‘Beaver moon’ will feature longest partial lunar eclipse in centuries

Stargazers across all of North America can witness the phenomenon from Thursday night into Friday morning

Stargazers across North America can expect to be dazzled by a red-hued “beaver” full moon on Thursday night and into Friday morning, during the longest partial lunar eclipse in almost six centuries.

Lunar eclipses happen when Earth blocks the sun’s light, which usually illuminates the moon. Early on Friday, more than 97% of the full moon’s diameter will be covered by Earth’s shadow, according to Space.com.

The partial eclipse will take more than six hours, the longest of its kind in 580 years, according to Space.com. Because the moon is nearing apogee, its farthest point from Earth, it is moving particularly slowly in orbit.

All of North America will bear witness to the phenomenon, the Washington Post reported. Parts of Polynesia, Asia, South America and Australia may also catch a glimpse, Nasa said.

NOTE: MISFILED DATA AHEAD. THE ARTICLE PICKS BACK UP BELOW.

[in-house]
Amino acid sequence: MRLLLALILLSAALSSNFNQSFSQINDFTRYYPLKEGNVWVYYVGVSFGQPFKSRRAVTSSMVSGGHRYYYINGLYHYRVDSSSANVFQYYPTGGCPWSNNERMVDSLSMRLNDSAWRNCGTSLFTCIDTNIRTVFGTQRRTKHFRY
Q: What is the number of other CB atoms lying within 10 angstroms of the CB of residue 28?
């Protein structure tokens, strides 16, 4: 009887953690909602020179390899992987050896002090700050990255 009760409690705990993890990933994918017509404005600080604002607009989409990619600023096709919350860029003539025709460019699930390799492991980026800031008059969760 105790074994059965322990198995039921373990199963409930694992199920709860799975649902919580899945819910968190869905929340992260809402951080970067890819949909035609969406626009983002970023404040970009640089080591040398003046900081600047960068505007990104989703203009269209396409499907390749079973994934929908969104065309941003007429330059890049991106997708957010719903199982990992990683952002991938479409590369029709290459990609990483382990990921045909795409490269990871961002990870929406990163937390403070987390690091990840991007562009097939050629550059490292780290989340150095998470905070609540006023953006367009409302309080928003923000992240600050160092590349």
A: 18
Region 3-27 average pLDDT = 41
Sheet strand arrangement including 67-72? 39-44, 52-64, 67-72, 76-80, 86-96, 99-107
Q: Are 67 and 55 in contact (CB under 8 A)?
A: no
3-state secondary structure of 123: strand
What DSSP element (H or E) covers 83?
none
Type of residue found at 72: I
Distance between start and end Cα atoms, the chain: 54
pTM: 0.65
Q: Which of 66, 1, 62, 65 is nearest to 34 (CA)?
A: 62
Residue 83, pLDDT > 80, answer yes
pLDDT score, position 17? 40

Lunar eclipses are easier to prepare for than solar eclipses, in that there is no need for special glasses. But you may need to rearrange your sleep schedule.

The moon is expected to enter the penumbra – the Earth’s outer shadow – around 1.02am ET, though the initial effect will be pretty faint.

Eventually the moon will enter the umbra, the Earth’s dark inner shadow. This should happen around 2.18am ET.

By around 4am ET, night owls and early birds will be able to catch the near-total eclipse – “the best viewing” of the night, according to Nasa.

The moon will probably be cast in an eerie red, “the combined light of all the sunrises and sunsets that ring our world at this particular moment”, as Space.com put it.

If you don’t feel like pulling an all-nighter, there’s no need to fret. Two total lunar eclipses are on the way, in May and November next year.

November’s full moon is sometimes called a “beaver moon”, a name Nasa suggests may allude to the time when people would set beaver traps, or when beavers were especially active, getting ready for winter.

It’s also known to some as a frost, frosty or snow moon, a reference to the change in weather.


Alexandra Villarreal

The GuardianTramp

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